About Critical Values

Critical Values is the go-to resource for the entire laboratory team, providing insight and information on the latest research, information, and issues within pathology and laboratory medicine. The print and online magazine invites submissions on topics including, but not limited to, advocacy, education, technology, global health, workforce, workplace best practices, and leadership.

Questions? Comments? Email us at criticalvalues@ascp.org.

ASCP Staff Advisers

E. Blair Holladay, PhD, MASCP, SCT(ASCP)CM
Chief Executive Officer 

Critical Values Staff

Molly Strzelecki  Editor 

Susan Montgomery  Contributing Editor

Martin Tyminski  Creative Director  

Jennifer Brinson  Art Direction and Design  

Our Recent Articles

Medical Laboratory Scientists: The Central Yet Unsung Heroes of COVID-19

Mar 16, 2021, 11:41 AM by Gaurav Sharma, Kanika Arora, Rajkamal Bhatti

The year 2020 was the year of COVID-19. As the SARS-COV-2 virus spread across continents and claimed thousands of human lives each day, we found ourselves fighting an exhausting war against an unseen enemy. In this global pandemic, the "frontlines" were not manned by soldiers in uniforms. Rather, they were manned by healthcare workers who displayed exceptional heroism in these trying times.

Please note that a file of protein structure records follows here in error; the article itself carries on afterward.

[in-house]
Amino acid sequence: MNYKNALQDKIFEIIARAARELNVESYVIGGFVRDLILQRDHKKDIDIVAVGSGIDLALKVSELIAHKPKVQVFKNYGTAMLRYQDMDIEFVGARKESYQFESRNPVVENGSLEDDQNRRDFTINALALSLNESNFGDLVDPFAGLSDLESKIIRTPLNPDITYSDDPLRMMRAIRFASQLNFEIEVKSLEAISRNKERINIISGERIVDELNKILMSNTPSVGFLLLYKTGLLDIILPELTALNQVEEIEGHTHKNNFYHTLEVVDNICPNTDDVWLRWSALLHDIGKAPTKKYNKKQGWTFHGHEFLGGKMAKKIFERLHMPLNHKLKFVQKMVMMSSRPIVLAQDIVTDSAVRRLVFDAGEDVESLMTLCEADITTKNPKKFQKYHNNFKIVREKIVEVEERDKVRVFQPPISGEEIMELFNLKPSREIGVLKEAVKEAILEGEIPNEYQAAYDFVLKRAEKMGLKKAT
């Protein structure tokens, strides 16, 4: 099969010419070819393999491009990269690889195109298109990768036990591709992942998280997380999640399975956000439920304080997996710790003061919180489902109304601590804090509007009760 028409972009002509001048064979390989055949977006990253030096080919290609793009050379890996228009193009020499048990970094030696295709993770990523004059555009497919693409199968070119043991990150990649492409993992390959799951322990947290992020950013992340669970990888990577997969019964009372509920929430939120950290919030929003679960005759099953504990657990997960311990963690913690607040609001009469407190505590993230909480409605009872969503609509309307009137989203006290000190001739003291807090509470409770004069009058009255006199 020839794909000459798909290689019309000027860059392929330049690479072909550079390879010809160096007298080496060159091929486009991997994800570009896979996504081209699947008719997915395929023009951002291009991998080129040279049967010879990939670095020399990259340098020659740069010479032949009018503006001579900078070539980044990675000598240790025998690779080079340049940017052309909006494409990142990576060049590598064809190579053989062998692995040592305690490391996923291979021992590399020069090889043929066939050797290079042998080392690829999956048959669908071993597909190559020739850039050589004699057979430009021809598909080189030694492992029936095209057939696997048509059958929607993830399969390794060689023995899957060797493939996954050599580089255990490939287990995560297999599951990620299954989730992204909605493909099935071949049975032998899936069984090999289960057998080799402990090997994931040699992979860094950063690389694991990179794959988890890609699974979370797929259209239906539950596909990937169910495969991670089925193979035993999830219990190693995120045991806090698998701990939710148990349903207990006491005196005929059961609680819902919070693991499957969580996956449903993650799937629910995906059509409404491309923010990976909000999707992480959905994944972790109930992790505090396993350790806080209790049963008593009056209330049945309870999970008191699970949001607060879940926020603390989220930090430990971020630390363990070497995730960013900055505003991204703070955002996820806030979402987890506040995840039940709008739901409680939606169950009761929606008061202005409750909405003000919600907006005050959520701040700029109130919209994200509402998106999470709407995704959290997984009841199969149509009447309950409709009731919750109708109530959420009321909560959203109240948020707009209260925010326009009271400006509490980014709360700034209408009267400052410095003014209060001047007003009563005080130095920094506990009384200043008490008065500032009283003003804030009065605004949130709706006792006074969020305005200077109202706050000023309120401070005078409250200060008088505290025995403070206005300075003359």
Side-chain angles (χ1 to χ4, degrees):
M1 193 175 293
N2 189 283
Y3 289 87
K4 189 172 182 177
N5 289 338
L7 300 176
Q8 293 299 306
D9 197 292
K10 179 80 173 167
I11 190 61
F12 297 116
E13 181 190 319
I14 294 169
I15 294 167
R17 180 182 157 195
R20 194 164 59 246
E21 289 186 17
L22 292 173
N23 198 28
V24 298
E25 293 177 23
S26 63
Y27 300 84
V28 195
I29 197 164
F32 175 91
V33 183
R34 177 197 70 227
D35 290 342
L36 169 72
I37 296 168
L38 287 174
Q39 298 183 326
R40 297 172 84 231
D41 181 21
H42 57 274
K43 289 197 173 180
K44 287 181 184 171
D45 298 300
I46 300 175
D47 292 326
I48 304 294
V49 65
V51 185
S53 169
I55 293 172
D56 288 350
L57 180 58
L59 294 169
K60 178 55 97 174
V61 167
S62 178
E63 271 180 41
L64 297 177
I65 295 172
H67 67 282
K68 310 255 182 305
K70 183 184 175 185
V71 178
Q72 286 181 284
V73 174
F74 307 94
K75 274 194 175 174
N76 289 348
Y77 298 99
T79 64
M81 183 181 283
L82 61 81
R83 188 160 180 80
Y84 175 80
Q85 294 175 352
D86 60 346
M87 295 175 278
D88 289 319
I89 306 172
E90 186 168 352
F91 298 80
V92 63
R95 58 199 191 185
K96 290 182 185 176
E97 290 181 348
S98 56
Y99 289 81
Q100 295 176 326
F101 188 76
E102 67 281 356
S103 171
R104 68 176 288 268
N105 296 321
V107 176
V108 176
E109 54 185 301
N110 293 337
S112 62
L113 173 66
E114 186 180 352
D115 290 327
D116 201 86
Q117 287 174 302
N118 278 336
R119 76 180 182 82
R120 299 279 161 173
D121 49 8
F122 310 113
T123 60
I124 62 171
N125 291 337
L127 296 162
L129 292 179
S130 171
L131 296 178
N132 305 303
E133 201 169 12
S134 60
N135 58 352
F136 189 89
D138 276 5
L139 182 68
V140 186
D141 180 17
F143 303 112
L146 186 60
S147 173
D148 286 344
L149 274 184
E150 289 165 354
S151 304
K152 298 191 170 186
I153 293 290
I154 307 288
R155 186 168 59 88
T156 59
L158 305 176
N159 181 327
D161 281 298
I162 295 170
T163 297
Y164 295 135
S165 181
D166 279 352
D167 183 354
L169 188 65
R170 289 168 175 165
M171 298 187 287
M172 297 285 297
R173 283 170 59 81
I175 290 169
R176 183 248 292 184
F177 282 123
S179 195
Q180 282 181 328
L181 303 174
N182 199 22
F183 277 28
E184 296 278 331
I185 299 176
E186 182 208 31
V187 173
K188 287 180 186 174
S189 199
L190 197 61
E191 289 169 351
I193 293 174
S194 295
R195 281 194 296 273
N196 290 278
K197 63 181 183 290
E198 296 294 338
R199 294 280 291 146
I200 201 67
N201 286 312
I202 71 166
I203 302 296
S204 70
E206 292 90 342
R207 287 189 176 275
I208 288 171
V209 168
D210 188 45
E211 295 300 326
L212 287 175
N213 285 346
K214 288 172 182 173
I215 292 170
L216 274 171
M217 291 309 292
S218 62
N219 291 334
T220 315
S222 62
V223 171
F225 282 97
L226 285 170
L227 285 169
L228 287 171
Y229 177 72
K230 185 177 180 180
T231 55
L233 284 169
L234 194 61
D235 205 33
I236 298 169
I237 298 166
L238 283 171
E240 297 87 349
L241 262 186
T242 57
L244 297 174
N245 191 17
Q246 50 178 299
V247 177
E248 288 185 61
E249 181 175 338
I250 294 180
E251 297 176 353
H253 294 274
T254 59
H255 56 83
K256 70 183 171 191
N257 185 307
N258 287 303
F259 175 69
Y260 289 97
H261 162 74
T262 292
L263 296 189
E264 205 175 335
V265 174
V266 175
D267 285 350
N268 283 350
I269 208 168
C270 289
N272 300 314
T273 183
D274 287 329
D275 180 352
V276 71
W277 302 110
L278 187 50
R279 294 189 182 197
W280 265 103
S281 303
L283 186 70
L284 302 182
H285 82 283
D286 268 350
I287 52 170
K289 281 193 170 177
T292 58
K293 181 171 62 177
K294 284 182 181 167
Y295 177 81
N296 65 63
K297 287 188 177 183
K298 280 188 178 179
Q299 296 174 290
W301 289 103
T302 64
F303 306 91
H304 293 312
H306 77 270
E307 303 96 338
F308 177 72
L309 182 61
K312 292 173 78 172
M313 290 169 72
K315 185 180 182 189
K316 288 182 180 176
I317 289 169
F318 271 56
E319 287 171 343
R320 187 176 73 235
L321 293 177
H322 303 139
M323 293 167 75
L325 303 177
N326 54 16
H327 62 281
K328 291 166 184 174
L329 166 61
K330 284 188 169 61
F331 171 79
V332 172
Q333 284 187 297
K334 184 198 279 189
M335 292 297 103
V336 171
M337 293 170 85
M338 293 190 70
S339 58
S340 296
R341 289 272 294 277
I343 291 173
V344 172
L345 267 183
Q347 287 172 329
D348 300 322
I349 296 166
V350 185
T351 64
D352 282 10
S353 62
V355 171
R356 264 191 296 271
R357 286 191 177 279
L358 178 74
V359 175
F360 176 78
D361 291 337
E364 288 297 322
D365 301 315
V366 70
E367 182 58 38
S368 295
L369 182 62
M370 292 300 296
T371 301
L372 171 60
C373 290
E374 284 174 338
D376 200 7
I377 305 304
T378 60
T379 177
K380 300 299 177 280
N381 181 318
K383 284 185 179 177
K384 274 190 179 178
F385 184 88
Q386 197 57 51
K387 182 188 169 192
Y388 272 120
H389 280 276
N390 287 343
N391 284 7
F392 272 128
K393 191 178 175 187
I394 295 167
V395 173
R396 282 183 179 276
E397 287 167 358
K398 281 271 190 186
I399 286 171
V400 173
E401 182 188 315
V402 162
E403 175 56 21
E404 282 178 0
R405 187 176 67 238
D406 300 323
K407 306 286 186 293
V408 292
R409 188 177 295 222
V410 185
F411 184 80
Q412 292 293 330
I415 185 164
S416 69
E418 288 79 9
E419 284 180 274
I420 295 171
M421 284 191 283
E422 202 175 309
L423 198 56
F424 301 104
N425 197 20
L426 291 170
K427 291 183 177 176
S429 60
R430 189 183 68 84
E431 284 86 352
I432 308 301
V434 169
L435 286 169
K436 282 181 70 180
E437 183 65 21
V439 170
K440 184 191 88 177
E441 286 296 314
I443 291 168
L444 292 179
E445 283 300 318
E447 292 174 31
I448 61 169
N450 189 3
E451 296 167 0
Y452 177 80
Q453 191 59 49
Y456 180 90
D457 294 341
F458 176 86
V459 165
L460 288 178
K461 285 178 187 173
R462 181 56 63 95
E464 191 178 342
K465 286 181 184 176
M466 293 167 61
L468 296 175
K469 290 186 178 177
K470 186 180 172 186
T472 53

The word "hero" is of Greek origin and has several definitions, including "a person who is admired for his/her achievements," "one who shows great courage," and "a principal actor in a dramatic event."1 Let us examine the heroic role of our medical laboratory scientists in our response to COVID-19.

Agility leads to achievements

At the beginning of 2020, most of us were unaware of the existence of SARS-COV-2, let alone how to detect it in our medical laboratories. Within a few weeks, American laboratories validated more than 100 unique tests for the detection of SARS-COV-2. Since March 2020, the United States has performed more than 355 million COVID-19 tests. People with different skill sets came together and achieved in weeks what otherwise would have taken years.

While this achievement is extraordinary, it is not unprecedented in our history. During World War II, the United States entered its largest mass mobilization of workforce and material. Automobile factories were rapidly re-deployed to manufacture tanks, aircraft, and war supplies. Within months, a mechanic fitting a steering wheel on an automobile assembled tanks, jeeps, and aircraft. Detroit’s automobile assembly lines earned the nickname the ‘Arsenal of Democracy.’2